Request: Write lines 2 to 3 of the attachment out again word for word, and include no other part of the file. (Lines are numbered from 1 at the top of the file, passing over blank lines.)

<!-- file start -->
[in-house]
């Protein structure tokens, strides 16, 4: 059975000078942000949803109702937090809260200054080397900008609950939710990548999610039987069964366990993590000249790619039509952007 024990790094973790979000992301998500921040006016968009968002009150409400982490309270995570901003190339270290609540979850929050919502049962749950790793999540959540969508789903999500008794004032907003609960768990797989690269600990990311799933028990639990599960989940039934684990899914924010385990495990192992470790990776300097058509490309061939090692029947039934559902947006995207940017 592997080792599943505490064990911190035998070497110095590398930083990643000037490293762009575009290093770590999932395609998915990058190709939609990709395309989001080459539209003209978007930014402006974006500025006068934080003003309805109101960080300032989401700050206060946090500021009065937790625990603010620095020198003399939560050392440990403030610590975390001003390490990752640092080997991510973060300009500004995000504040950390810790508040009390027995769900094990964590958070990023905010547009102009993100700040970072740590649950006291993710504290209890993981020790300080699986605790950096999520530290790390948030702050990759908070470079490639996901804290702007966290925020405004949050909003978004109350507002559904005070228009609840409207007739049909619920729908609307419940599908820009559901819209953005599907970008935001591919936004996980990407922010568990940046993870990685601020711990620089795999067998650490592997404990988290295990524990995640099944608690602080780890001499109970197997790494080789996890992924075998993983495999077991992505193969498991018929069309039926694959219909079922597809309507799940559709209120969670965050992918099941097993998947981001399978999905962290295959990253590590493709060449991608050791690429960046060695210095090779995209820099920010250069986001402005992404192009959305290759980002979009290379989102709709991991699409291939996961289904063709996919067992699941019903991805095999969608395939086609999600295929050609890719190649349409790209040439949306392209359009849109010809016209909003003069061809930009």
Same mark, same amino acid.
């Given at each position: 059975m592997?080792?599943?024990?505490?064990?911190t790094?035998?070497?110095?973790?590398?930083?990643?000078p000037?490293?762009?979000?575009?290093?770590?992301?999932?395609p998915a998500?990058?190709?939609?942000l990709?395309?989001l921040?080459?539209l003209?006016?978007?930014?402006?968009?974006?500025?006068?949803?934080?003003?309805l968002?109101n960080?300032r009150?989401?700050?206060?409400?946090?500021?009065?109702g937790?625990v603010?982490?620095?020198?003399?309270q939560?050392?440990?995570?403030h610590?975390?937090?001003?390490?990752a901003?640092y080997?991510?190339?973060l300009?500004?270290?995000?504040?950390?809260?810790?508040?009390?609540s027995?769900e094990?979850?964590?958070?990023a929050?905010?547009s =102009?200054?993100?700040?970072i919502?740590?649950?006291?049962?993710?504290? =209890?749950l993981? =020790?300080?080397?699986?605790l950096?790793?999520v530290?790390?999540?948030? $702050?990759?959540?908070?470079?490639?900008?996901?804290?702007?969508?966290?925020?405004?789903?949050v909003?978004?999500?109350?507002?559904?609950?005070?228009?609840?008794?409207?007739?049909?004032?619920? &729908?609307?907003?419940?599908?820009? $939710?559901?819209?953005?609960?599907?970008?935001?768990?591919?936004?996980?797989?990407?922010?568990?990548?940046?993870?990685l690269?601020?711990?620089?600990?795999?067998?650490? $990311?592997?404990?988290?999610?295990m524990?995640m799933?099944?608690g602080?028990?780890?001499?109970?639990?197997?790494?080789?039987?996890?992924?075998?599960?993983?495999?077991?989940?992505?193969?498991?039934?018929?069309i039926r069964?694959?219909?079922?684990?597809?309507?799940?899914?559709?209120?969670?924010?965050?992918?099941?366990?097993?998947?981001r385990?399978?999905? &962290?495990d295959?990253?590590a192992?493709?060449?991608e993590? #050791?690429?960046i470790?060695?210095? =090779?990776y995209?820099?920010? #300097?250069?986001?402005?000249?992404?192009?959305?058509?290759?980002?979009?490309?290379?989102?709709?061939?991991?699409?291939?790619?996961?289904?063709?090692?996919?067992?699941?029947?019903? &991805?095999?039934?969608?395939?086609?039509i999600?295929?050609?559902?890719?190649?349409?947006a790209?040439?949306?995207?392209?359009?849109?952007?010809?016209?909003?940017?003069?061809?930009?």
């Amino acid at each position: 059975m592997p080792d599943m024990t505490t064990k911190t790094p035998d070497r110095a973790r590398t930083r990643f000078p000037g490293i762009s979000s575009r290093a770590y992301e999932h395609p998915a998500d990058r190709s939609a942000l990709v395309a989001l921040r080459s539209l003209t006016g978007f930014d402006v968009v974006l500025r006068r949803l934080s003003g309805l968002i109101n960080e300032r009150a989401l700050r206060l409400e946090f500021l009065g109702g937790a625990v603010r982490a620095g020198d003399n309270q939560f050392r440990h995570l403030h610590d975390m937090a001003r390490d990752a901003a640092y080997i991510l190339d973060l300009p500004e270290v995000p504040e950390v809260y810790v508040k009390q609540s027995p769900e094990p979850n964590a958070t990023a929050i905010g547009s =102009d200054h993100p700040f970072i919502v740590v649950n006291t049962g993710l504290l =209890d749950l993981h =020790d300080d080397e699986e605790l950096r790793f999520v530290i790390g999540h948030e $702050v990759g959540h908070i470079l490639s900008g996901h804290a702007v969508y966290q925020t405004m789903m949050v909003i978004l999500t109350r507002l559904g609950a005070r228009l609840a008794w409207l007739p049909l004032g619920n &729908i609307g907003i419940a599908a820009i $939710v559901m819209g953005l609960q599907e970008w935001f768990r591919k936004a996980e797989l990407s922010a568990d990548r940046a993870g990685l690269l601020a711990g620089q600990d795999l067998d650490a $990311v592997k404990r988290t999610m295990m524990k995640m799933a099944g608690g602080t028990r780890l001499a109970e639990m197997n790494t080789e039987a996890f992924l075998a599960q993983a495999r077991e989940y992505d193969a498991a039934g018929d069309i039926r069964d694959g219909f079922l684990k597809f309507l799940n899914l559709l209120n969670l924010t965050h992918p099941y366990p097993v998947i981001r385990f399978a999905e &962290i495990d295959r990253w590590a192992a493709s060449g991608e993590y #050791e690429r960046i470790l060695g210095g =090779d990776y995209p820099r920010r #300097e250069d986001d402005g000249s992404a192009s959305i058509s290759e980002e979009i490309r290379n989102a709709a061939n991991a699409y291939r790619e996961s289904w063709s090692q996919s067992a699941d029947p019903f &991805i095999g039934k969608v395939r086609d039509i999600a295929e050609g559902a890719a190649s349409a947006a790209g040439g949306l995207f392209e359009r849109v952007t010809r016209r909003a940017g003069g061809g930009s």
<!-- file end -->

């Protein structure tokens, strides 16, 4: 059975000078942000949803109702937090809260200054080397900008609950939710990548999610039987069964366990993590000249790619039509952007 024990790094973790979000992301998500921040006016968009968002009150409400982490309270995570901003190339270290609540979850929050919502049962749950790793999540959540969508789903999500008794004032907003609960768990797989690269600990990311799933028990639990599960989940039934684990899914924010385990495990192992470790990776300097058509490309061939090692029947039934559902947006995207940017 592997080792599943505490064990911190035998070497110095590398930083990643000037490293762009575009290093770590999932395609998915990058190709939609990709395309989001080459539209003209978007930014402006974006500025006068934080003003309805109101960080300032989401700050206060946090500021009065937790625990603010620095020198003399939560050392440990403030610590975390001003390490990752640092080997991510973060300009500004995000504040950390810790508040009390027995769900094990964590958070990023905010547009102009993100700040970072740590649950006291993710504290209890993981020790300080699986605790950096999520530290790390948030702050990759908070470079490639996901804290702007966290925020405004949050909003978004109350507002559904005070228009609840409207007739049909619920729908609307419940599908820009559901819209953005599907970008935001591919936004996980990407922010568990940046993870990685601020711990620089795999067998650490592997404990988290295990524990995640099944608690602080780890001499109970197997790494080789996890992924075998993983495999077991992505193969498991018929069309039926694959219909079922597809309507799940559709209120969670965050992918099941097993998947981001399978999905962290295959990253590590493709060449991608050791690429960046060695210095090779995209820099920010250069986001402005992404192009959305290759980002979009290379989102709709991991699409291939996961289904063709996919067992699941019903991805095999969608395939086609999600295929050609890719190649349409790209040439949306392209359009849109010809016209909003003069061809930009």
Same mark, same amino acid.